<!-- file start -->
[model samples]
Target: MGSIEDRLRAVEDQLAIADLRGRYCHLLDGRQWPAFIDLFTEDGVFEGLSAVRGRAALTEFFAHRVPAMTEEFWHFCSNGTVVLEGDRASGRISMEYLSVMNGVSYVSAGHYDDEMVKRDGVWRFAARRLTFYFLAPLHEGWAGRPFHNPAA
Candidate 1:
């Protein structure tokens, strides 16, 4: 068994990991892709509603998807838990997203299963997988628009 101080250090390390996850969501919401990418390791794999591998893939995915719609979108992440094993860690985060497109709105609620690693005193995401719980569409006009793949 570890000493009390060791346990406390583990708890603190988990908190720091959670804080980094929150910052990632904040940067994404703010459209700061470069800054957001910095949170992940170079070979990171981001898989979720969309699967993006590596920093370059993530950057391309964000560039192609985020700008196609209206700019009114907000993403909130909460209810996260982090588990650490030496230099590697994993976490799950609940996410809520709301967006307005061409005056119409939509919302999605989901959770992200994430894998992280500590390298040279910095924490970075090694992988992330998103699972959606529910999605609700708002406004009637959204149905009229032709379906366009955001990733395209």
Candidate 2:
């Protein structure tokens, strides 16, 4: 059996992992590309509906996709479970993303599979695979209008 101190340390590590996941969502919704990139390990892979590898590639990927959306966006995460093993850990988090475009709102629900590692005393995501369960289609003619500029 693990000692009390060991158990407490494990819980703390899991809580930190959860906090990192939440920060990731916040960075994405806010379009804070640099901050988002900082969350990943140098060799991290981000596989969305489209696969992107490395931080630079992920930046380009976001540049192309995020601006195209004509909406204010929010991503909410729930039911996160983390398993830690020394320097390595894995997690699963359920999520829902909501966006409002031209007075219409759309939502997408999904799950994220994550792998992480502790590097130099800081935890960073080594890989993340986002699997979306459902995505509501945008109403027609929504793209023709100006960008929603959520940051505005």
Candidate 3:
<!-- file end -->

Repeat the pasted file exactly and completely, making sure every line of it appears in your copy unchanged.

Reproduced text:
[model samples]
Target: MGSIEDRLRAVEDQLAIADLRGRYCHLLDGRQWPAFIDLFTEDGVFEGLSAVRGRAALTEFFAHRVPAMTEEFWHFCSNGTVVLEGDRASGRISMEYLSVMNGVSYVSAGHYDDEMVKRDGVWRFAARRLTFYFLAPLHEGWAGRPFHNPAA
Candidate 1:
């Protein structure tokens, strides 16, 4: 068994990991892709509603998807838990997203299963997988628009 101080250090390390996850969501919401990418390791794999591998893939995915719609979108992440094993860690985060497109709105609620690693005193995401719980569409006009793949 570890000493009390060791346990406390583990708890603190988990908190720091959670804080980094929150910052990632904040940067994404703010459209700061470069800054957001910095949170992940170079070979990171981001898989979720969309699967993006590596920093370059993530950057391309964000560039192609985020700008196609209206700019009114907000993403909130909460209810996260982090588990650490030496230099590697994993976490799950609940996410809520709301967006307005061409005056119409939509919302999605989901959770992200994430894998992280500590390298040279910095924490970075090694992988992330998103699972959606529910999605609700708002406004009637959204149905009229032709379906366009955001990733395209």
Candidate 2:
């Protein structure tokens, strides 16, 4: 059996992992590309509906996709479970993303599979695979209008 101190340390590590996941969502919704990139390990892979590898590639990927959306966006995460093993850990988090475009709102629900590692005393995501369960289609003619500029 693990000692009390060991158990407490494990819980703390899991809580930190959860906090990192939440920060990731916040960075994405806010379009804070640099901050988002900082969350990943140098060799991290981000596989969305489209696969992107490395931080630079992920930046380009976001540049192309995020601006195209004509909406204010929010991503909410729930039911996160983390398993830690020394320097390595894995997690699963359920999520829902909501966006409002031209007075219409759309939502997408999904799950994220994550792998992480502790590097130099800081935890960073080594890989993340986002699997979306459902995505509501945008109403027609929504793209023709100006960008929603959520940051505005």
Candidate 3: